The Poughkeepsie Tapes remained out of viewers’ legal reach up until 2014 when it was briefly released on VOD. It was only in 2017, ten years after its original release, that the movie came out on DVD and Blu-Ray.

But even though The Poughkeepsie Tapes is not real, could it still be based on a real story? That is both a hard yes and a hard no. Though screenwriters John Erick Dowdle and his brother, Drew Dowdle, didn’t draw inspiration from one single case, though they may have been influenced by many stories of real-life serial killers. One of them seems to be Ted Bundy, who even appears as a character in the movie, played by Todd Cahoon. In the real world, Bundy raped and killed at least 30 women between 1974 and 1978, often keeping his victims’ remains as mementos. In The Poughkeepsie Tapes, he appears as an FBI consultant in the chase for the Water Street Butcher. In order to hide the fact that Cahoon and Bundy are not the same people, Dowdle disguised the serial killer’s scenes as extremely blurry CCTV images.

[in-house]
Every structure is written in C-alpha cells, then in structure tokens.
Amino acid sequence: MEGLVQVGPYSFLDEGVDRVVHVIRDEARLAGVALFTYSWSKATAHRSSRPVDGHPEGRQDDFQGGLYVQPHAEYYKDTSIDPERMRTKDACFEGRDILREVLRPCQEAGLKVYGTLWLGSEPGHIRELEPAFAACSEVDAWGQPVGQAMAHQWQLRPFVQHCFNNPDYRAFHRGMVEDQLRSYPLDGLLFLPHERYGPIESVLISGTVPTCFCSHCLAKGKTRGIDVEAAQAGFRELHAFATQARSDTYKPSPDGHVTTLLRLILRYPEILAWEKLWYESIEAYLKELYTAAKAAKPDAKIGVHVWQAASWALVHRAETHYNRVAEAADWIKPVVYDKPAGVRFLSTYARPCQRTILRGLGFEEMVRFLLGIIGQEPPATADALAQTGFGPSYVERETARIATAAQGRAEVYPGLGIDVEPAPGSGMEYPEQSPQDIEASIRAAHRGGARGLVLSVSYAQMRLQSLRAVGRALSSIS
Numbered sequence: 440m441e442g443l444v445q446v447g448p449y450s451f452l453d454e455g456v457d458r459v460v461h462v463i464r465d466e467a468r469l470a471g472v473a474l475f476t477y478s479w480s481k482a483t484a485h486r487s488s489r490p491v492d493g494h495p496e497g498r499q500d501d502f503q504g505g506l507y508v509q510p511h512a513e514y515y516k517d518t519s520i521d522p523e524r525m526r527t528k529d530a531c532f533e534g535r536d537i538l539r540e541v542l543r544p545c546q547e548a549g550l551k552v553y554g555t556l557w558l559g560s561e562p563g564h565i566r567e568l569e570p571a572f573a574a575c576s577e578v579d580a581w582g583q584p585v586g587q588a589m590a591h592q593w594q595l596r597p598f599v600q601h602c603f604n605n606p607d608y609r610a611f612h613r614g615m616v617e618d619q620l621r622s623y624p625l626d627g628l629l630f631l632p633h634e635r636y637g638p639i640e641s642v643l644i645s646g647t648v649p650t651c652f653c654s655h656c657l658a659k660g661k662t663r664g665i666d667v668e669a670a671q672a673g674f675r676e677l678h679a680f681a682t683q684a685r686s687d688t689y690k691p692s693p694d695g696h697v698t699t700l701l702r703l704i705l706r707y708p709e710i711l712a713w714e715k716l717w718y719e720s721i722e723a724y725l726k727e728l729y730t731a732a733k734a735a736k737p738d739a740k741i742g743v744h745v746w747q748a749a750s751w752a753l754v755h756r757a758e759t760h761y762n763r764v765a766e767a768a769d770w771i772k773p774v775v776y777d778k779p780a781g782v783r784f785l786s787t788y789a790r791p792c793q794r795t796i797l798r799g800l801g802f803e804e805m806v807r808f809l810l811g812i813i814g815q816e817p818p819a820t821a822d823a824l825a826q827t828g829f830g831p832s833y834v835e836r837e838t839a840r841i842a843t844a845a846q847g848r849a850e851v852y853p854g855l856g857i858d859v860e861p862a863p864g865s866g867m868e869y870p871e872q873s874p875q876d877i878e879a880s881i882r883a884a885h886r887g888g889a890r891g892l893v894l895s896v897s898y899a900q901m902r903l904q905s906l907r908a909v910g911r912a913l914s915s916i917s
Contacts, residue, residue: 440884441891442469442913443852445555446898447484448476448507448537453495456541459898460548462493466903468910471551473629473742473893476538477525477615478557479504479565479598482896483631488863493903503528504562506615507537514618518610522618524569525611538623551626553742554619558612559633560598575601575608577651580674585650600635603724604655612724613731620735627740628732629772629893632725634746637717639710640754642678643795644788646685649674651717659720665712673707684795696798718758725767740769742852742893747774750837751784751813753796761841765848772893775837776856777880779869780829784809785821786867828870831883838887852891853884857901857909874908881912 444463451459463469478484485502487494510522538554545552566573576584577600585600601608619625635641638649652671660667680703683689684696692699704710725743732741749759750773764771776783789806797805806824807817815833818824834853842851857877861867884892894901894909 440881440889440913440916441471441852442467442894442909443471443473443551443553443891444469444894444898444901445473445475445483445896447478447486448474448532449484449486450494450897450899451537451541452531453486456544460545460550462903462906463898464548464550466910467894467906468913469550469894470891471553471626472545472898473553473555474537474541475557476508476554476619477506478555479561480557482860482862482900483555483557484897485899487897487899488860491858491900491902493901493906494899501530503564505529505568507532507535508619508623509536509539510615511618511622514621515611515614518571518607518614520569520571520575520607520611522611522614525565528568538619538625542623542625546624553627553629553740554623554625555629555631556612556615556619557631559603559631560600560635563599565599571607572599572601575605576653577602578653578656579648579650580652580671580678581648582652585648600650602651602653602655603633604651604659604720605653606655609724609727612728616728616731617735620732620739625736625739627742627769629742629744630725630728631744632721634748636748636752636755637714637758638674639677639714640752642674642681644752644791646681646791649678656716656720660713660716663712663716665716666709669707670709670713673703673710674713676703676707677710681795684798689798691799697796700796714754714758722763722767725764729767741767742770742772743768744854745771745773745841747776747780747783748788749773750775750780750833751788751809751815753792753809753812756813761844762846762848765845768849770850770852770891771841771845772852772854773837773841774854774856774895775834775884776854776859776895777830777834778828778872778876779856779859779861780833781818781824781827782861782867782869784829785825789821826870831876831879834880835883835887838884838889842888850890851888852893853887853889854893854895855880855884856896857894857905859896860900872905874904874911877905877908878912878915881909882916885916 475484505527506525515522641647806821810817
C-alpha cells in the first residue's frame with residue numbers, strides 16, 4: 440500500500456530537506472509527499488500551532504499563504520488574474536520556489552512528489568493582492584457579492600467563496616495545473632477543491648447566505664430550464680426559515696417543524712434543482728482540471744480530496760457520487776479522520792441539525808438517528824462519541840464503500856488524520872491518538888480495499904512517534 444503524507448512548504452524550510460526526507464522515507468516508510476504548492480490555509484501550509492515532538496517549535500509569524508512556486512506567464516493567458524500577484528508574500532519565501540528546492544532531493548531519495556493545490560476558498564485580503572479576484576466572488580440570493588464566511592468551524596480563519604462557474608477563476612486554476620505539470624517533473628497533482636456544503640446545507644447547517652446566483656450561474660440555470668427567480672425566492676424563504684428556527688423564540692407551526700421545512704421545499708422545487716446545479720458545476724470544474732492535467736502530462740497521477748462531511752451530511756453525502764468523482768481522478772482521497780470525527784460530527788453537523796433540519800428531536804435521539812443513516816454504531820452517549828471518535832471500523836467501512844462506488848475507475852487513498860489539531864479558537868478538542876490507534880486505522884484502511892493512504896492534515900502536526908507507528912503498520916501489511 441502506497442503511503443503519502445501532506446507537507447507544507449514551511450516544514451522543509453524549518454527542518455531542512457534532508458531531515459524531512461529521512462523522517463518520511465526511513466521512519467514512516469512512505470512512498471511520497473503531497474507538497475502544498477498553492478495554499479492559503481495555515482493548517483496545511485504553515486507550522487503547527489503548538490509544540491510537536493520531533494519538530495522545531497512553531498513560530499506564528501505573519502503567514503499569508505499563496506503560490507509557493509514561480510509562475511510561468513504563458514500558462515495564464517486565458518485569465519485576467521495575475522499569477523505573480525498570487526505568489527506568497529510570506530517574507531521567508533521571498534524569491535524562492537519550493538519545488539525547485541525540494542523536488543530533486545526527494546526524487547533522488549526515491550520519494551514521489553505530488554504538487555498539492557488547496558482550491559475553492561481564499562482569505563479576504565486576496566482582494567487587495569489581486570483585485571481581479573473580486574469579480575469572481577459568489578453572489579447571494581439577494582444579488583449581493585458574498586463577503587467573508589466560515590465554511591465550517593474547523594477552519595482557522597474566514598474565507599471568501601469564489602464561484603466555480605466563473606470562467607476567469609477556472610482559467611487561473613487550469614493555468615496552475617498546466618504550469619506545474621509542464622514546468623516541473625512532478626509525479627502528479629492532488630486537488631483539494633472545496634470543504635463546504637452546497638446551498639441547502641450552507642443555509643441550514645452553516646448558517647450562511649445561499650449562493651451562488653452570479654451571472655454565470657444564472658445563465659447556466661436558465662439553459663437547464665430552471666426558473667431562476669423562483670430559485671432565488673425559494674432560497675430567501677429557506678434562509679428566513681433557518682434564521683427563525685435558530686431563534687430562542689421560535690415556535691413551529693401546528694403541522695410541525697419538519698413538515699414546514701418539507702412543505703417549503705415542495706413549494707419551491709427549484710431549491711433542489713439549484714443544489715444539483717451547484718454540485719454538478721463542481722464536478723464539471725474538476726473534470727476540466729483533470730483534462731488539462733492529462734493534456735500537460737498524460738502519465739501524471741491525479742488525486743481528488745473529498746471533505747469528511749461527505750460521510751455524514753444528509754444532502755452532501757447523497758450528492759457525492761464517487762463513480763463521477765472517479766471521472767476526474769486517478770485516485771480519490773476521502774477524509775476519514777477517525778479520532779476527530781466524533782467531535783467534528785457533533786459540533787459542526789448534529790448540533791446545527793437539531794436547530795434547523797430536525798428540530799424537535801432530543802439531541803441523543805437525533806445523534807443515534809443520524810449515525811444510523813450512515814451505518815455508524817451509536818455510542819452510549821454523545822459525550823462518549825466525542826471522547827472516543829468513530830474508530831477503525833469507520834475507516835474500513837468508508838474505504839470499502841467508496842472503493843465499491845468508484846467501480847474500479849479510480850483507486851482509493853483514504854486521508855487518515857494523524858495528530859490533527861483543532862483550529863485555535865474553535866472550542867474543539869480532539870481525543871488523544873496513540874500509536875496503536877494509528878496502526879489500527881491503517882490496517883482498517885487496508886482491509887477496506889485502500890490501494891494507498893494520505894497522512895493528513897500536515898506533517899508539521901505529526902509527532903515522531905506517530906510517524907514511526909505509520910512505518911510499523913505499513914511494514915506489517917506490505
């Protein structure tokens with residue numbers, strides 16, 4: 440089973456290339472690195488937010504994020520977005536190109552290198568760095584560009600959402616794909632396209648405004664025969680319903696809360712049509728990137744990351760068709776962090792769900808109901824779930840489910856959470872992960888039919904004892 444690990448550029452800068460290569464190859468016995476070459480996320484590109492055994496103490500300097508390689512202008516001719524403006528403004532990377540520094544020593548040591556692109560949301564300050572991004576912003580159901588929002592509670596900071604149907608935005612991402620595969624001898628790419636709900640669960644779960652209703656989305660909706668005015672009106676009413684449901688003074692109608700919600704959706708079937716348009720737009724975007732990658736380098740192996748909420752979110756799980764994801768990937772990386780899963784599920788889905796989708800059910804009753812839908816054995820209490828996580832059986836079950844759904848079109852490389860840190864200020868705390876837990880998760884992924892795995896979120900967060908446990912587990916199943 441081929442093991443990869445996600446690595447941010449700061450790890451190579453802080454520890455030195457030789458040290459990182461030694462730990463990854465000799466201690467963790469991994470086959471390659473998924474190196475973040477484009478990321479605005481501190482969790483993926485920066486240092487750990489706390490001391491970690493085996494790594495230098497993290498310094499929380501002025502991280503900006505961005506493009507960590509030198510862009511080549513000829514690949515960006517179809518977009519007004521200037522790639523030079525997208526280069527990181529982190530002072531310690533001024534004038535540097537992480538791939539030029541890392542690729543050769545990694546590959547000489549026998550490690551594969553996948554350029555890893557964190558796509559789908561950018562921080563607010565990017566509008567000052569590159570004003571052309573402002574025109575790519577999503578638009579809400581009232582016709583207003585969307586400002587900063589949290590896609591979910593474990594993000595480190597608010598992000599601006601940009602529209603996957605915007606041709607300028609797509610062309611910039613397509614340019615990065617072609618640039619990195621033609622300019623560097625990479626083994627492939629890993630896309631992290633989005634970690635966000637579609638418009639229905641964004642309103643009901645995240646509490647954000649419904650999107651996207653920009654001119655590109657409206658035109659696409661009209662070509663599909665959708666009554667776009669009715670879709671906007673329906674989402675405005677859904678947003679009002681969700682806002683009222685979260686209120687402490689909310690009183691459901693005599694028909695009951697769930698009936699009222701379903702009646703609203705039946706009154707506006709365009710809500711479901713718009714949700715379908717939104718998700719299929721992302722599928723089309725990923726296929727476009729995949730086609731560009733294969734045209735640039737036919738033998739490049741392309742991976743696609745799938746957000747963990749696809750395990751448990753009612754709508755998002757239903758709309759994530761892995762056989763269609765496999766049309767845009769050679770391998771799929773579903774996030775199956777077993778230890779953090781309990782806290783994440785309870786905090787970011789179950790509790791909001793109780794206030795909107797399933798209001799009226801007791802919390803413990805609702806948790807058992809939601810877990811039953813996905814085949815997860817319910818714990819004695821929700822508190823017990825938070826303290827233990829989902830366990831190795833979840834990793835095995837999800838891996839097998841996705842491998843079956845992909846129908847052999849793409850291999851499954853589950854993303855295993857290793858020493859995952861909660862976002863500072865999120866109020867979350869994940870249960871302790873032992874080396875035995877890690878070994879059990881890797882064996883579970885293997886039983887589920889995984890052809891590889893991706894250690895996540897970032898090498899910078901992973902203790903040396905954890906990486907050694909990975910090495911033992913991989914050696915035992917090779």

In a 2009 story, the Poughkeepsie-based Marist College Circle drew comparisons between the Water Street Butcher and the crimes committed by local serial killer Kendall Francois, who murdered between eight and ten sex workers between 1996 and 1998. However, the similarities stop at the fact that both killers are from Poughkeepsie and were active at around the same time since Francois never shot videos of his victims. John Erick Dowdle has also stated that he never heard of Francois before. Even so, the comparison still pops up online whenever someone brings up The Poughkeepsie Tapes.